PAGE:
Events

    Reimagining Museums: Disruption and Change

    Location: 

    Peabody Museum of Archaeology & Ethnology—Online

    As museums have acknowledged their legacy as colonial institutions, many have reimagined their mission as agents of decolonization and social justice. The pandemic disruption, the Black Lives Matter movement, and other community issues are driving still more rapid and drastic changes and providing opportunities for reflection and growth.

    How can American museums—especially those that have strong relationships with Indigenous communities—respond to current national conditions of social unrest and political turmoil? How have New England museums fared and what is likely to happen...

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    Education Justice: Why Prison Classrooms Matter

    Location: 

    Radcliffe Institute for Advanced Study at Harvard—Online

    “What college does, it helps us learn about the nation,” said Rodney Spivey-Jones, a 2017 Bard College graduate currently incarcerated at Fishkill Correctional Facility in New York, in the docuseries College behind Bars. “It helps us become civic beings. It helps us understand that we have an interest in our community, that our community is a part of us and we are a part of it.”

    The Bard Prison Initiative and programs at other institutions of higher learning across the country have brought together teachers and learners in incarcerated spaces for years. This panel will gather...

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    New Blocs, New Maps, New Power

    Location:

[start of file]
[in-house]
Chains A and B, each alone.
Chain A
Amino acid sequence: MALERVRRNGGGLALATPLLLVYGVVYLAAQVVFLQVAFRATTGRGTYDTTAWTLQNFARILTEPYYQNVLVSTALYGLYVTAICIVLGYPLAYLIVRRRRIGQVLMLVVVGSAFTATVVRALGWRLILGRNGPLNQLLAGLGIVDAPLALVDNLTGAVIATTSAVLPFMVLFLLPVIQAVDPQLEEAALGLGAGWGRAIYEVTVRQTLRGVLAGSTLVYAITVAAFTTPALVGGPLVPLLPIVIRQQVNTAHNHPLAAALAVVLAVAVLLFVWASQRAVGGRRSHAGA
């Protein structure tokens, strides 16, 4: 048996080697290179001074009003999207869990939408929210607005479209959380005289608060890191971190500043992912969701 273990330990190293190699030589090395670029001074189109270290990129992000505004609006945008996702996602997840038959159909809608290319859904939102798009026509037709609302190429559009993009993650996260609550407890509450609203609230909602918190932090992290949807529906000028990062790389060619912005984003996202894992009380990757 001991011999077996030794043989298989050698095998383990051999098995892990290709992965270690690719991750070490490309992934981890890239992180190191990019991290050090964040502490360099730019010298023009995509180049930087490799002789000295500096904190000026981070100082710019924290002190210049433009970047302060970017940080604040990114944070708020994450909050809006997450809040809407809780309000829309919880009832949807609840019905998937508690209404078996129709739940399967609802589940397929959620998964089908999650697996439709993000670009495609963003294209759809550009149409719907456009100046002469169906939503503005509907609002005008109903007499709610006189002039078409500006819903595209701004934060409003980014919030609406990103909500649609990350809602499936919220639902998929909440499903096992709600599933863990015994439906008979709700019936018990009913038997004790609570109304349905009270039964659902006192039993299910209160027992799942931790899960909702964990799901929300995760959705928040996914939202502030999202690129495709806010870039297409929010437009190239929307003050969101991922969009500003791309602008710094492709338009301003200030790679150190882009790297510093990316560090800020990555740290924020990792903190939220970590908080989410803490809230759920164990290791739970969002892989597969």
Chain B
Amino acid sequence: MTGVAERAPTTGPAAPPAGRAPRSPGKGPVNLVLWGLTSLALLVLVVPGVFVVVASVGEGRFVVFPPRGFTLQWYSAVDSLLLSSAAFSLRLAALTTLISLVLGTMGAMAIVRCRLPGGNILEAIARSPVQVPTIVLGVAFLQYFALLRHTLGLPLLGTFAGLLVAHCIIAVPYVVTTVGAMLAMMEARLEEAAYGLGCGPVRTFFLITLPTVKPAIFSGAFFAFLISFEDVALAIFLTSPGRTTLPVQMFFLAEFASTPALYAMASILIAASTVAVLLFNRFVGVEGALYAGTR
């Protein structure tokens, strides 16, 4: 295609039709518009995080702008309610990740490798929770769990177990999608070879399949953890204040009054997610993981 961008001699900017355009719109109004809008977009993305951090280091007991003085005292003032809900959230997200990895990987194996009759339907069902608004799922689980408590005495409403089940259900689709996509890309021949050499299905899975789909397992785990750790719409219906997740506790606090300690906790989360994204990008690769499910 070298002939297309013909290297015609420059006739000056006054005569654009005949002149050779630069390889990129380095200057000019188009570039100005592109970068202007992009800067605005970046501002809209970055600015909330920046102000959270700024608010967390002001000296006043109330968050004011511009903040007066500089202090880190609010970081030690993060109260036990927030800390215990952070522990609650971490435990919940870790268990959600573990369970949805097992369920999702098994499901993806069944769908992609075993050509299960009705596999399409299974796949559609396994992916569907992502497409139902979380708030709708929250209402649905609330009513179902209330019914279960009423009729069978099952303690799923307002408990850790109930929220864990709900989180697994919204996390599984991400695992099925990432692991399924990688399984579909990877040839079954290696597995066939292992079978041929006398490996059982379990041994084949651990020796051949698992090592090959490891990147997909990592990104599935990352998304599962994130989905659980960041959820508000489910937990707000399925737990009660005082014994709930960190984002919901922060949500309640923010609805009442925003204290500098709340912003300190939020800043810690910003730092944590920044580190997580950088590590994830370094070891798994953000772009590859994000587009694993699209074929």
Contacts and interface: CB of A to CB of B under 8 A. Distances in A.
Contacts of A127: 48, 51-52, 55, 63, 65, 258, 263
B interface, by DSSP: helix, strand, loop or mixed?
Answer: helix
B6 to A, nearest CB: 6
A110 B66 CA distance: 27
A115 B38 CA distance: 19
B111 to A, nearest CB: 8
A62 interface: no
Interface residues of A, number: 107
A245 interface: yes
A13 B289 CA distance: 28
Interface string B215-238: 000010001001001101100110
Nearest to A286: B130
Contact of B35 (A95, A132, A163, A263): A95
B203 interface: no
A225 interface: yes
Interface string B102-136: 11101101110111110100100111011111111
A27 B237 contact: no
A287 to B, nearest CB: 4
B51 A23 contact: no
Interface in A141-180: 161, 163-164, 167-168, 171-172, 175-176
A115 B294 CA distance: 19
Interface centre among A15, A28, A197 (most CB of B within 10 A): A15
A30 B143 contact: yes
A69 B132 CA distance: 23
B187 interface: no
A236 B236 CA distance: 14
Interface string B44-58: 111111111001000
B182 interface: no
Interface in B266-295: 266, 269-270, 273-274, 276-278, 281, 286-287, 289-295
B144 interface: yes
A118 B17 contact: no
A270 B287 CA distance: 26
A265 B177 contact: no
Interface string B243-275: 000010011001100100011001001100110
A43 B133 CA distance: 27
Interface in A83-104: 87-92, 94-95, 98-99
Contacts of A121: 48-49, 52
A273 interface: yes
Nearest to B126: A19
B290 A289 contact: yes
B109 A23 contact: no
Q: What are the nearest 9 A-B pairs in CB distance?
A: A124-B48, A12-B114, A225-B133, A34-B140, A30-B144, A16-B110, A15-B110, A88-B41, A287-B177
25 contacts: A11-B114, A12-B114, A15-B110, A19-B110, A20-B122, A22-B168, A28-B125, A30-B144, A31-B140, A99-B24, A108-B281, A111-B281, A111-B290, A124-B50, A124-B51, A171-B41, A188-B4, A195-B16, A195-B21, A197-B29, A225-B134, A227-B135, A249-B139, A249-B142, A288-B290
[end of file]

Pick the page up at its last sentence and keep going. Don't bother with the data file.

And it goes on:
Radcliffe Institute for Advanced Study at Harvard—Online

    By the early 1980s, a new political landscape was taking shape that would fundamentally influence American society and politics in the decades to come. That year, the long-standing effort to ratify the Equal Rights Amendment—championed by suffragist Alice Paul and introduced to Congress in 1923—ran aground, owing in significant measure to the activism of women who pioneered a new brand of conservatism.

    This panel will draw together strands and stories that are often kept separate: the ideas and growing influence of conservative women, the political activism of gay communities...

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    Astronauts: Women on the Final Frontier

    Location: 

    Center for Astrophysics | Harvard & Smithsonian—Online

    The first person who will set foot on Mars is alive right now. We believe this, but even if we're wrong we know the first crew to arrive there will look nothing like the ones that landed on the Moon fifty years ago.

    Our world has changed for the better, and ASTRONAUTS tells the story of the women who built this better world. The main character and narrator is Mary Cleave, an astronaut you may not have heard of. It's not because so many people have been to space; only a few hundred have! It’s because this graphic novel isn’t about fame. No astronaut you'll ever meet took the...

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    Future of Education: Global Voices—to Create Welcoming Communities

    Location: 

    Harvard Graduate School of Education, Askwith Forums—Online

    In a context of disruption and uncertainty, how can we fulfill our collective responsibility to ensure that all young people receive a high-quality and inclusive education? How can schools — and the communities around them — create welcoming spaces of belonging, even amid isolationism, both politically and pandemically?

    Join us for “Future of Education: Global Voices — to Create Welcoming Communities,” a discussion about the interconnected challenges of listening, belonging, and collective responsibility when it comes to educating and nurturing young people today. Big ideas...